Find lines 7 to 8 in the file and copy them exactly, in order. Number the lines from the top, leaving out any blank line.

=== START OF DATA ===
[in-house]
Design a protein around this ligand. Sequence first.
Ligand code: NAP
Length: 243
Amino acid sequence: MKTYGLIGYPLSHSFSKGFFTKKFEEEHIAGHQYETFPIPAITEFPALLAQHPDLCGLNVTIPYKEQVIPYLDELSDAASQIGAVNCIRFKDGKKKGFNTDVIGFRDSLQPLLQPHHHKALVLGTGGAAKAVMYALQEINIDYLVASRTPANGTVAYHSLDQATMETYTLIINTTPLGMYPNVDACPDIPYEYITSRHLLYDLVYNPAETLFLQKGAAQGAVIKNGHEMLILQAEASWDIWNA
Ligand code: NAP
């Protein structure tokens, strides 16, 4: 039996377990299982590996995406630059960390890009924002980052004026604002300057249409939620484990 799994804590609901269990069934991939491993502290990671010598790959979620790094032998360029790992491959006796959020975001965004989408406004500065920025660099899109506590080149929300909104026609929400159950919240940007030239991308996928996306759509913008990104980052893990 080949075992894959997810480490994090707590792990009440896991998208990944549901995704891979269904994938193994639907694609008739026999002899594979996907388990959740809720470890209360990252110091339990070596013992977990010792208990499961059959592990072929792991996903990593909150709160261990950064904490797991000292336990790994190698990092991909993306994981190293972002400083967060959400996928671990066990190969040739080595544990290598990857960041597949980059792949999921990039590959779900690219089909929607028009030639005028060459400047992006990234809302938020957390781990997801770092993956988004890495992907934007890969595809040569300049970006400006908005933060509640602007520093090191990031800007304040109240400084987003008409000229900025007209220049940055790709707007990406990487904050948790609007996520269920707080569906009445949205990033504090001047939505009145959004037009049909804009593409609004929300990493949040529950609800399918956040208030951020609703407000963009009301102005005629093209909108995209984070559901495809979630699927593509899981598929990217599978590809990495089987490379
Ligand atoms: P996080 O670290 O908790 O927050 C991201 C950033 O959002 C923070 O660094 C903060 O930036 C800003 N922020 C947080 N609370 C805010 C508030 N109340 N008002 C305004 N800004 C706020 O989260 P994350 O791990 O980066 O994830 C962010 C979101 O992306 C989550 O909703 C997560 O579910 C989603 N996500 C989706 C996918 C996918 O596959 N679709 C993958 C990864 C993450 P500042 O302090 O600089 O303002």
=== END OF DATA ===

């Protein structure tokens, strides 16, 4: 039996377990299982590996995406630059960390890009924002980052004026604002300057249409939620484990 799994804590609901269990069934991939491993502290990671010598790959979620790094032998360029790992491959006796959020975001965004989408406004500065920025660099899109506590080149929300909104026609929400159950919240940007030239991308996928996306759509913008990104980052893990 080949075992894959997810480490994090707590792990009440896991998208990944549901995704891979269904994938193994639907694609008739026999002899594979996907388990959740809720470890209360990252110091339990070596013992977990010792208990499961059959592990072929792991996903990593909150709160261990950064904490797991000292336990790994190698990092991909993306994981190293972002400083967060959400996928671990066990190969040739080595544990290598990857960041597949980059792949999921990039590959779900690219089909929607028009030639005028060459400047992006990234809302938020957390781990997801770092993956988004890495992907934007890969595809040569300049970006400006908005933060509640602007520093090191990031800007304040109240400084987003008409000229900025007209220049940055790709707007990406990487904050948790609007996520269920707080569906009445949205990033504090001047939505009145959004037009049909804009593409609004929300990493949040529950609800399918956040208030951020609703407000963009009301102005005629093209909108995209984070559901495809979630699927593509899981598929990217599978590809990495089987490379
Ligand atoms: P996080 O670290 O908790 O927050 C991201 C950033 O959002 C923070 O660094 C903060 O930036 C800003 N922020 C947080 N609370 C805010 C508030 N109340 N008002 C305004 N800004 C706020 O989260 P994350 O791990 O980066 O994830 C962010 C979101 O992306 C989550 O909703 C997560 O579910 C989603 N996500 C989706 C996918 C996918 O596959 N679709 C993958 C990864 C993450 P500042 O302090 O600089 O303002």